Bill McNeil: Sounds pretty impressive. How about some technology that I think you touched on briefly. Technology like GCP, PPK, RTK, and Lidar. How does all of that fit into the new drone technology?
Antoine Martin: Sure, so what you have to realize, Bill, is a drone that flies has a GPS antenna. This is a small GPS antenna with a small receiver inside, its more or less consumer grade and the absolute accuracy you would derive from that GPS which is embedded in the drone is usually about 10 feet absolute accuracy. Which is not enough for somebody doing survey or somebody who wants to derive precise measurement. So the way to augment the positioning and the accuracy provided by the map and its drone imagery is really by adding survey tools. So a grand central point is a simple way where you would go onsite with highly precise GPS equipment or GNSS equipment to measure the site at a copper point with a high degree of accuracy. Then you would merge if you want the map that you have been deriving with the drone with this GCP measurement. And, by doing that it augments the accuracy of the entire map. So, another way to increase the accuracy of what would be given with a drone, which again is not very high if you only rely on the GPS is to use technology called RTK, real time kinematics or PPK which is kinematics, which basically says luckily you have the GNSS receiver in the drone but you have what is called a reference station or base station that could be where the pilot of the drone is or could be a network of base stations that may be in the area. What it does is leverages luckily the GPS signal content, but also the phase of the GPS signal. What you get by using a solution, which is usually an add-on to drones that you may buy. It augments the accuracy tremendously, almost as good as ground control points. So, again let’s take the example of the mine manager who wants to know the volume of the bags or earth that is being moved. We can use a ground control point or can use RTK or PPK solutions that are becoming more and more available. Another way to use drones is really with another type of technology, Lidar. Lidar is simply a laser, so it's an active signal that is being sent from the sensor itself and scanning the area below. Lidar’s are very high accuracy, very good precision and they are very reliable. It's another way of using drones. Often Lidar is actually merged with photos. So, I guess what I am saying here really is the ground control point, RTK, Lidar are existing technologies but are being integrated to various levels of integration with drone technologies. So, the industry, surveyors and engineers are starting to just simply use drones and UAVs as a tool in the toolbox. They have other tools in the toolbox and they are really integrating those tools so that they can do their work more effectively.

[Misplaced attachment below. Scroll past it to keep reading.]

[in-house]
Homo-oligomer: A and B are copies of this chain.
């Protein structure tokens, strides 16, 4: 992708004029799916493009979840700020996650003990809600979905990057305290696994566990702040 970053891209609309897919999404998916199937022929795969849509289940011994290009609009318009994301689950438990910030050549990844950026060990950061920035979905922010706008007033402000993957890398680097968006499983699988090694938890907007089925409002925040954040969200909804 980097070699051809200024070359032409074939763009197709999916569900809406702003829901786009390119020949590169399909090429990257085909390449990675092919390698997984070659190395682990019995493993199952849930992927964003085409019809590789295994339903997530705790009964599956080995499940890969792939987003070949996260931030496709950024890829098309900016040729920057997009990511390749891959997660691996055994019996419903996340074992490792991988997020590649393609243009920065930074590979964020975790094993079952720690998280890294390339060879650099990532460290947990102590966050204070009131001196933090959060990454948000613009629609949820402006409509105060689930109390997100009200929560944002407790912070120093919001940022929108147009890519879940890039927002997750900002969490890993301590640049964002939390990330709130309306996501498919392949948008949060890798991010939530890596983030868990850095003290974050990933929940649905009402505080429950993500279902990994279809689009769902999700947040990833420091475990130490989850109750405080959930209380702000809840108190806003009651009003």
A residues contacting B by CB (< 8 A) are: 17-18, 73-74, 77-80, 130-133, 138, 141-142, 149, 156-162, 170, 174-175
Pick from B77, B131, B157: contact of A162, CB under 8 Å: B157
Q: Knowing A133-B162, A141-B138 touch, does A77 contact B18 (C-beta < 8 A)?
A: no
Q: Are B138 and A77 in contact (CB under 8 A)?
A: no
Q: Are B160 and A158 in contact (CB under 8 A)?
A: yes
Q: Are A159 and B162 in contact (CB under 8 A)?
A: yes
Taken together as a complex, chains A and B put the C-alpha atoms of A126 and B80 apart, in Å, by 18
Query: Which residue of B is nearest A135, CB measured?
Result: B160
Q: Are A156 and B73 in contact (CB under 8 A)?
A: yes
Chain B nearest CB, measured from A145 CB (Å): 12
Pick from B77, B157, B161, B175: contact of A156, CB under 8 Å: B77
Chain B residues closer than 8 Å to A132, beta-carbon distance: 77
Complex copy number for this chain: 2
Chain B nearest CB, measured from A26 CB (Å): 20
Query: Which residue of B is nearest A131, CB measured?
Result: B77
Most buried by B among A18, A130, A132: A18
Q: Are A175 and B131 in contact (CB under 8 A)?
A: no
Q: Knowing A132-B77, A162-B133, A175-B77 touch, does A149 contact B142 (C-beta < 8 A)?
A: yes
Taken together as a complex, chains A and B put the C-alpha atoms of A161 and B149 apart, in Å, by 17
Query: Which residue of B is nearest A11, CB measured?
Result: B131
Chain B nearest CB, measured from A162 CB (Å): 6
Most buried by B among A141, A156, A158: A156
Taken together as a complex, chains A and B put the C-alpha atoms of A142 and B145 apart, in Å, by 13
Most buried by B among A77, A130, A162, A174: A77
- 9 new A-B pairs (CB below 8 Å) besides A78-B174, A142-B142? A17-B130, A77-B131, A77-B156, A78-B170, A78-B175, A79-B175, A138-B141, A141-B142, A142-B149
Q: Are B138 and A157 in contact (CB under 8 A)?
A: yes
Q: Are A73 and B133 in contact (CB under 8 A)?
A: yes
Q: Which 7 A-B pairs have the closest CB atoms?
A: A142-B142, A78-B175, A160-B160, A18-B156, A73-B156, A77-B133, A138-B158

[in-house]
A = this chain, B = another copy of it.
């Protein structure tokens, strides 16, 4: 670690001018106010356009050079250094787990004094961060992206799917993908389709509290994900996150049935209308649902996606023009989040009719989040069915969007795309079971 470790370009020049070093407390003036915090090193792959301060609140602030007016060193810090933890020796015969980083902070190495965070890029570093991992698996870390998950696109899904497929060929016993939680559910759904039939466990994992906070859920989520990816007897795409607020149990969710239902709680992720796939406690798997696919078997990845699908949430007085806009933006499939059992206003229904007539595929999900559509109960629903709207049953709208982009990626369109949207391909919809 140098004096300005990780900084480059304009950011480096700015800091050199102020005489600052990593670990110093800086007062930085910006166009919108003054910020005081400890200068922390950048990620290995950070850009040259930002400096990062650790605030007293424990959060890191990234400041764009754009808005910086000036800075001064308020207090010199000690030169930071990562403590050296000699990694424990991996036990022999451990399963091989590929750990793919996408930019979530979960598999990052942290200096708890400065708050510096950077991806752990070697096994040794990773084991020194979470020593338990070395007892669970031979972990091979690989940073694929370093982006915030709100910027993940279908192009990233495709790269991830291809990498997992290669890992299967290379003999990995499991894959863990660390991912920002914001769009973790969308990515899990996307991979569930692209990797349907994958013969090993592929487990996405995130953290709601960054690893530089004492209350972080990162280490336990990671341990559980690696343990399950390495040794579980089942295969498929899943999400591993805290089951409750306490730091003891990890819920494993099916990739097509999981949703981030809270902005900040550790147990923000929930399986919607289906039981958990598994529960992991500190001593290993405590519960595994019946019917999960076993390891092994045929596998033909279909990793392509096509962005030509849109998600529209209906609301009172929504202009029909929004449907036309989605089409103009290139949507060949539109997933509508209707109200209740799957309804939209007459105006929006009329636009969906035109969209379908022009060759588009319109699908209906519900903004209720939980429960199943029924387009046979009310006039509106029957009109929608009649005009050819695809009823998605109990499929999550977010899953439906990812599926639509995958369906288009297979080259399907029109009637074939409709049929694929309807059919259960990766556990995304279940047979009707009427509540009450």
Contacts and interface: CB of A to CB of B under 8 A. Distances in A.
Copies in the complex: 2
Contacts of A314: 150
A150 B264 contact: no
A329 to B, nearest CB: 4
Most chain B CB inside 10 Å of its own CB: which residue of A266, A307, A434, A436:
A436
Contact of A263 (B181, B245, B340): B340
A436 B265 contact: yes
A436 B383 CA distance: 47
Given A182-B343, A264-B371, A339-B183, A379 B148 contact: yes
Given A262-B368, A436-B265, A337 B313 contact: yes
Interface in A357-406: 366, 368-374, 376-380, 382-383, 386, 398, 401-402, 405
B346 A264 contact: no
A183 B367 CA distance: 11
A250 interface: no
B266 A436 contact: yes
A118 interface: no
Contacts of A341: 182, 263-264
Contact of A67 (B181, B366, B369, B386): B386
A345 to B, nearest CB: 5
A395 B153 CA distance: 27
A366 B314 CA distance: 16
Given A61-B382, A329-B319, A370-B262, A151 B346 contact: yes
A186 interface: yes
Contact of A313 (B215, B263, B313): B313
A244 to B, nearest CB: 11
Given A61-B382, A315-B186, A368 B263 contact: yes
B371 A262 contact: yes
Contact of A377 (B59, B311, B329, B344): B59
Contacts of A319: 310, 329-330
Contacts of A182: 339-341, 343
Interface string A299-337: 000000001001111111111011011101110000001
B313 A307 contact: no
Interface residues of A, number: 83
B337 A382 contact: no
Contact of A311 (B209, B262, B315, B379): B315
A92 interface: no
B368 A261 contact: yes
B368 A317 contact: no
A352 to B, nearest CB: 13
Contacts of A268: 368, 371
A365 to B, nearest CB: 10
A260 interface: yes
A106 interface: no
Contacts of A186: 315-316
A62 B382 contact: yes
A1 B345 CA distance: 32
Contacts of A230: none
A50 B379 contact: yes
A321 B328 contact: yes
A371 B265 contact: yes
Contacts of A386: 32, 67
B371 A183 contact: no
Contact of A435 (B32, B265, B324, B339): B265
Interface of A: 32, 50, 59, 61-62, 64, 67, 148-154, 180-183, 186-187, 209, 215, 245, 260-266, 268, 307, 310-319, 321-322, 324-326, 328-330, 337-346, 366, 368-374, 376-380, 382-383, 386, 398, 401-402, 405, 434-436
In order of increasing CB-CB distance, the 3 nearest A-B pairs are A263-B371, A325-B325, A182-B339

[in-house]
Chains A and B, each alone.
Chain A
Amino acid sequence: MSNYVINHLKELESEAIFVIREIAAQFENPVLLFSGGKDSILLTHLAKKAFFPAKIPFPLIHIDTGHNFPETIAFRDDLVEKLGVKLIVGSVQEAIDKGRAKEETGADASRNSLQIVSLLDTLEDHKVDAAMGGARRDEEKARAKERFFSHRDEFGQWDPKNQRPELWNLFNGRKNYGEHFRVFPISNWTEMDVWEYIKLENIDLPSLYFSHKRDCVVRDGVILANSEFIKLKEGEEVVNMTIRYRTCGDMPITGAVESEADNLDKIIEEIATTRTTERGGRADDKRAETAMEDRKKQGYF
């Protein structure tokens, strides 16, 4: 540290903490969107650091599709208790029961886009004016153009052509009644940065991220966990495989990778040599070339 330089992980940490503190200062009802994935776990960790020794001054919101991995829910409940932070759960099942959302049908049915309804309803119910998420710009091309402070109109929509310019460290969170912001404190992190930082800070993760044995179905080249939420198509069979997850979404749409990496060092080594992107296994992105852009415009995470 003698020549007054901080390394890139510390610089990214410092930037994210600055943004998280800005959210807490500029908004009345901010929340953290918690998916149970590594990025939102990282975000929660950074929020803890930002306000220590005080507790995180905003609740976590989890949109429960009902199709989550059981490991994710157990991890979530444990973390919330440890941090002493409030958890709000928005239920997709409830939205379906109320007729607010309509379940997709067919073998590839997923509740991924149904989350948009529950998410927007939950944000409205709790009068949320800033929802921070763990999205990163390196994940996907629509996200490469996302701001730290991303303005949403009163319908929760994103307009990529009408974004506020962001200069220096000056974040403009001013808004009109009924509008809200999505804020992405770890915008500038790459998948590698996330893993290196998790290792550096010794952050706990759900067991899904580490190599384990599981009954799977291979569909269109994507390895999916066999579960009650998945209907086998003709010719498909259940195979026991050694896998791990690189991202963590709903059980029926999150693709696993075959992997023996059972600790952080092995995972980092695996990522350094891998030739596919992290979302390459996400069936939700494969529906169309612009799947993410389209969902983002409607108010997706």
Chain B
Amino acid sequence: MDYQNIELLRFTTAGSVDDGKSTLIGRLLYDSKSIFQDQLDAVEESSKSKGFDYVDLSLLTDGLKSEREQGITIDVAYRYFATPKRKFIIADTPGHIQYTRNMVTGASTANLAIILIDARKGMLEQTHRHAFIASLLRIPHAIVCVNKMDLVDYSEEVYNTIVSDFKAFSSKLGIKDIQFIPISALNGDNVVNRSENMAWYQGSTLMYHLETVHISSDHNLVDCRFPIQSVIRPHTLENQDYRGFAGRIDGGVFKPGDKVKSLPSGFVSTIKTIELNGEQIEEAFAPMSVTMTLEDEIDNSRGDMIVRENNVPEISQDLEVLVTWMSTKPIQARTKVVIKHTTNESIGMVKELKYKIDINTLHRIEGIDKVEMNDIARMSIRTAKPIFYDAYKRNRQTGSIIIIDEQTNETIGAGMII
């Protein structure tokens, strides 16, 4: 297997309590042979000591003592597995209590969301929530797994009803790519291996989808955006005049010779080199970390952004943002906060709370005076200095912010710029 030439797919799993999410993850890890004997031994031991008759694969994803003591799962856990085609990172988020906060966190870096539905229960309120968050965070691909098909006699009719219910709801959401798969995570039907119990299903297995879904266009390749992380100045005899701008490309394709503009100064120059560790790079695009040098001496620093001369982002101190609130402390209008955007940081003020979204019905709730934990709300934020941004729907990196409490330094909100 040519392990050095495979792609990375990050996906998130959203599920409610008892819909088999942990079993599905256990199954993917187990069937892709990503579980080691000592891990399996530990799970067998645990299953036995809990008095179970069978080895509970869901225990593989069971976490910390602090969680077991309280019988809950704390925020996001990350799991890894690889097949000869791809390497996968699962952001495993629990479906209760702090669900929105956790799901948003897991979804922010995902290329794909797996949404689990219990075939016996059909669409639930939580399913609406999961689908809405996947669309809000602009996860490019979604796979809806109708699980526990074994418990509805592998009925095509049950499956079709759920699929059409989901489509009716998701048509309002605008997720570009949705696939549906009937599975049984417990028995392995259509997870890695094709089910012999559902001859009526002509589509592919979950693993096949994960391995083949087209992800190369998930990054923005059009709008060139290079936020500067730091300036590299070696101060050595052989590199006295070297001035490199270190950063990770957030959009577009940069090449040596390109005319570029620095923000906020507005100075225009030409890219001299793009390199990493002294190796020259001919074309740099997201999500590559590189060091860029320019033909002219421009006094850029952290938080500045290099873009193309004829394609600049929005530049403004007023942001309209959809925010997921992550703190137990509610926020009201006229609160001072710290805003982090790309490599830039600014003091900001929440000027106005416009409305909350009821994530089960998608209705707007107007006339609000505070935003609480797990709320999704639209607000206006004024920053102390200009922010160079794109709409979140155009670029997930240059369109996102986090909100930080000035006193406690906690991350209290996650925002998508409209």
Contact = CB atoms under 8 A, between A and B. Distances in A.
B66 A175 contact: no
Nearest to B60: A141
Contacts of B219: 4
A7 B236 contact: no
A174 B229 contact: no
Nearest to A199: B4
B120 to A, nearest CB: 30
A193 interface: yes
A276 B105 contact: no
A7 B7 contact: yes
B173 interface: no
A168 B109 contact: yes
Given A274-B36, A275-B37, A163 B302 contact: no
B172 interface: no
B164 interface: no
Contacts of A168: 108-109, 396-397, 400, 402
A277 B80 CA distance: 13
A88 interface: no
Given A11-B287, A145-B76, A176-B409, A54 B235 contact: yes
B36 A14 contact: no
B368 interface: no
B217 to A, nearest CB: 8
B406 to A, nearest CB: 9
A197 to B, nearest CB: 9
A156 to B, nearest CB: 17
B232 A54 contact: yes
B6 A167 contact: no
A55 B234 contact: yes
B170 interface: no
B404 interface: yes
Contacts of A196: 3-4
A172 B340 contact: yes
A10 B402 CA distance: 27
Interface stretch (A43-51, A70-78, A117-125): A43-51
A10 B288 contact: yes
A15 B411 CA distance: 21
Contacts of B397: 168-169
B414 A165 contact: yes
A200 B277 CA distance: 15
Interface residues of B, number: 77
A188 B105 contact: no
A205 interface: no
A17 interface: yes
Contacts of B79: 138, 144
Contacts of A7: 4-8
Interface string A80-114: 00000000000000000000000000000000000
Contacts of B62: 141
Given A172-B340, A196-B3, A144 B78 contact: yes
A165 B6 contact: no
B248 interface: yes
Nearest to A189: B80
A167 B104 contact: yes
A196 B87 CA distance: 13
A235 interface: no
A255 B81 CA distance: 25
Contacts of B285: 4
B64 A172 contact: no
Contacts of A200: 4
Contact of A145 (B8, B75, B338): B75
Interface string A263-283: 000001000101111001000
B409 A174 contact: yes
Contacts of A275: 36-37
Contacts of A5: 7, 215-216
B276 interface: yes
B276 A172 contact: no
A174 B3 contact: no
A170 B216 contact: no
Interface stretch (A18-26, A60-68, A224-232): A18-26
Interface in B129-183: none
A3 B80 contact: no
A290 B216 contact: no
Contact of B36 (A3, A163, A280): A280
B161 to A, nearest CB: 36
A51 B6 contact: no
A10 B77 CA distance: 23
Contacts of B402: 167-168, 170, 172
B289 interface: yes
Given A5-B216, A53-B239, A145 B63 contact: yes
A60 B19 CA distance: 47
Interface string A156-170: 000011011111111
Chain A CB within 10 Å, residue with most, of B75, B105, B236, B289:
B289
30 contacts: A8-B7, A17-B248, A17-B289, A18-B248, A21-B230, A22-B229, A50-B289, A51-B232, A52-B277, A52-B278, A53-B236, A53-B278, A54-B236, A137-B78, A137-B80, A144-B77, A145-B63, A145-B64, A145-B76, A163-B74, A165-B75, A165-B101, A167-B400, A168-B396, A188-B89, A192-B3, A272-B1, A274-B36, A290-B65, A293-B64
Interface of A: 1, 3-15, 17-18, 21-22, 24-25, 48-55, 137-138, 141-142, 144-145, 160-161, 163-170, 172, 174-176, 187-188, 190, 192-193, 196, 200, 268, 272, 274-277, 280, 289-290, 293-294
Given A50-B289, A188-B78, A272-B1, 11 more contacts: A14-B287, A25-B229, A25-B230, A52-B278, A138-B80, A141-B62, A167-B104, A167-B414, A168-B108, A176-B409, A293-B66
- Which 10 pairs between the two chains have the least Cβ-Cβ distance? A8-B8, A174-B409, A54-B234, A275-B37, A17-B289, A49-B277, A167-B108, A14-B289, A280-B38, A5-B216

Bill McNeil: So, moving forward, how do you see all this technology addressing the future of the GIS market?
Antoine Martin: So, it is affecting the GIS market or now that what we have seen is a moderate affectation of the GIS market. Basically, anyone can buy a UAV. Anyone can make a map. And, from this map, you can extract any type of information. You can really create GIS data from the map. So, the GIS sector is affected where anyone can really create a GIS database from drone data. Often GPS does not mean imagery data. You can have GIS information without the mishap that goes with it and sometimes it is enough. I was recently just looking at state of emergency maps of the state of California, most of the information is GIS information. But, with drones that provide what we call minute maps or high resolution maps. Then you can actually augment the GIS information at a much more discreet level than what you would get from satellite data or from large scale area mapping imagery. So, the point I am making here is GIS would be able to get much more precise and much more abundant levels of data because a lot of people before where relying on people walking throughout the sidewalk with equipment or from a car to go by with a body scanner. Suddenly all these people have access to a new type of information coming from drones that will come to augment the level of details and the level of information that they can integrate within GIS whether it’s for municipality or whether it’s for a fire department.
Bill McNeil: Thanks so much for sharing your thoughts and insights on the UAV industry and actually we look forward to seeing what your next drone venture will be.
Antoine Martin: Thank you so much. It was a pleasure, Bill. Glad we got to talk about UAVs and drones. I really like that sector and was happy to help.